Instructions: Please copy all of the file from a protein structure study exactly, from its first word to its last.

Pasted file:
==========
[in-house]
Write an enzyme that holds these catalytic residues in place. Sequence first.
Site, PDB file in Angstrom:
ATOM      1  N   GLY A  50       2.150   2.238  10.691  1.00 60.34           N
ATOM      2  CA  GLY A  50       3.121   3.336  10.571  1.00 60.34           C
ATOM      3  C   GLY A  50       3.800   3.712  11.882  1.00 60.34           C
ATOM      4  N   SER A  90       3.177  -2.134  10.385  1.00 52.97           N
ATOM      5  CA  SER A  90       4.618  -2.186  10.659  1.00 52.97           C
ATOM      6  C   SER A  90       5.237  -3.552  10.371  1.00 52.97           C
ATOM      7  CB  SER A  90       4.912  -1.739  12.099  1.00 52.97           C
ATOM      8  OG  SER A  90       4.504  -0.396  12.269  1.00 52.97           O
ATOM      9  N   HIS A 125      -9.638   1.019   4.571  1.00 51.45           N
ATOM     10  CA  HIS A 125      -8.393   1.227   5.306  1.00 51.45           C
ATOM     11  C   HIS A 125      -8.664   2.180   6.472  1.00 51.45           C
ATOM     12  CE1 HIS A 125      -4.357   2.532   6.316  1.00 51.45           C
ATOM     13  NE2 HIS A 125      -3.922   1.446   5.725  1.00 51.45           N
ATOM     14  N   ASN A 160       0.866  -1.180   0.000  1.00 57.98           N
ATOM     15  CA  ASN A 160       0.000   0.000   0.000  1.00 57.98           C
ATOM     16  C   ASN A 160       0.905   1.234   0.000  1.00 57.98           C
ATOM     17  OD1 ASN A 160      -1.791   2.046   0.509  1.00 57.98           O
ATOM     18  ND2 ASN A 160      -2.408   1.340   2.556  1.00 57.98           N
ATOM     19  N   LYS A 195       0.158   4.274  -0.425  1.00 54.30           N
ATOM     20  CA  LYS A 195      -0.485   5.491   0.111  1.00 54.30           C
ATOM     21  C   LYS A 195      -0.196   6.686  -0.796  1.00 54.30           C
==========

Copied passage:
[in-house]
Write an enzyme that holds these catalytic residues in place. Sequence first.
Site, PDB file in Angstrom:
ATOM      1  N   GLY A  50       2.150   2.238  10.691  1.00 60.34           N
ATOM      2  CA  GLY A  50       3.121   3.336  10.571  1.00 60.34           C
ATOM      3  C   GLY A  50       3.800   3.712  11.882  1.00 60.34           C
ATOM      4  N   SER A  90       3.177  -2.134  10.385  1.00 52.97           N
ATOM      5  CA  SER A  90       4.618  -2.186  10.659  1.00 52.97           C
ATOM      6  C   SER A  90       5.237  -3.552  10.371  1.00 52.97           C
ATOM      7  CB  SER A  90       4.912  -1.739  12.099  1.00 52.97           C
ATOM      8  OG  SER A  90       4.504  -0.396  12.269  1.00 52.97           O
ATOM      9  N   HIS A 125      -9.638   1.019   4.571  1.00 51.45           N
ATOM     10  CA  HIS A 125      -8.393   1.227   5.306  1.00 51.45           C
ATOM     11  C   HIS A 125      -8.664   2.180   6.472  1.00 51.45           C
ATOM     12  CE1 HIS A 125      -4.357   2.532   6.316  1.00 51.45           C
ATOM     13  NE2 HIS A 125      -3.922   1.446   5.725  1.00 51.45           N
ATOM     14  N   ASN A 160       0.866  -1.180   0.000  1.00 57.98           N
ATOM     15  CA  ASN A 160       0.000   0.000   0.000  1.00 57.98           C
ATOM     16  C   ASN A 160       0.905   1.234   0.000  1.00 57.98           C
ATOM     17  OD1 ASN A 160      -1.791   2.046   0.509  1.00 57.98           O
ATOM     18  ND2 ASN A 160      -2.408   1.340   2.556  1.00 57.98           N
ATOM     19  N   LYS A 195       0.158   4.274  -0.425  1.00 54.30           N
ATOM     20  CA  LYS A 195      -0.485   5.491   0.111  1.00 54.30           C
ATOM     21  C   LYS A 195      -0.196   6.686  -0.796  1.00 54.30           C